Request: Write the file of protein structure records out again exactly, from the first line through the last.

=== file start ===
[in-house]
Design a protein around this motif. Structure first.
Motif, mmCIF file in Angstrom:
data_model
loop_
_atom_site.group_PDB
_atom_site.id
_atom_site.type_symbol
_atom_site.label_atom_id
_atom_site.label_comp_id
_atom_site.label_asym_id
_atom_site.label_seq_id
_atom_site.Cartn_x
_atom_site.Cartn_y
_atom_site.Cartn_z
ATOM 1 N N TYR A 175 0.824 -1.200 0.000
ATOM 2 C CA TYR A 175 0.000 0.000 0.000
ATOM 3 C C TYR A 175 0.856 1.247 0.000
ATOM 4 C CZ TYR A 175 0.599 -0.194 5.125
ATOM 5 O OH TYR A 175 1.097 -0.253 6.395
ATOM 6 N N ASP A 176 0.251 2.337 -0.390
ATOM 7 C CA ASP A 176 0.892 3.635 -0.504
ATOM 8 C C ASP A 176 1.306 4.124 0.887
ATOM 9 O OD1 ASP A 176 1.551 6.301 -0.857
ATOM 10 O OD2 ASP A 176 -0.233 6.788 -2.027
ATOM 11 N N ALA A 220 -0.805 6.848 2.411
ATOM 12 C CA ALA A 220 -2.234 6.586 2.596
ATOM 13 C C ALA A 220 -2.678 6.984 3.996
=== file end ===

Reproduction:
[in-house]
Design a protein around this motif. Structure first.
Motif, mmCIF file in Angstrom:
data_model
loop_
_atom_site.group_PDB
_atom_site.id
_atom_site.type_symbol
_atom_site.label_atom_id
_atom_site.label_comp_id
_atom_site.label_asym_id
_atom_site.label_seq_id
_atom_site.Cartn_x
_atom_site.Cartn_y
_atom_site.Cartn_z
ATOM 1 N N TYR A 175 0.824 -1.200 0.000
ATOM 2 C CA TYR A 175 0.000 0.000 0.000
ATOM 3 C C TYR A 175 0.856 1.247 0.000
ATOM 4 C CZ TYR A 175 0.599 -0.194 5.125
ATOM 5 O OH TYR A 175 1.097 -0.253 6.395
ATOM 6 N N ASP A 176 0.251 2.337 -0.390
ATOM 7 C CA ASP A 176 0.892 3.635 -0.504
ATOM 8 C C ASP A 176 1.306 4.124 0.887
ATOM 9 O OD1 ASP A 176 1.551 6.301 -0.857
ATOM 10 O OD2 ASP A 176 -0.233 6.788 -2.027
ATOM 11 N N ALA A 220 -0.805 6.848 2.411
ATOM 12 C CA ALA A 220 -2.234 6.586 2.596
ATOM 13 C C ALA A 220 -2.678 6.984 3.996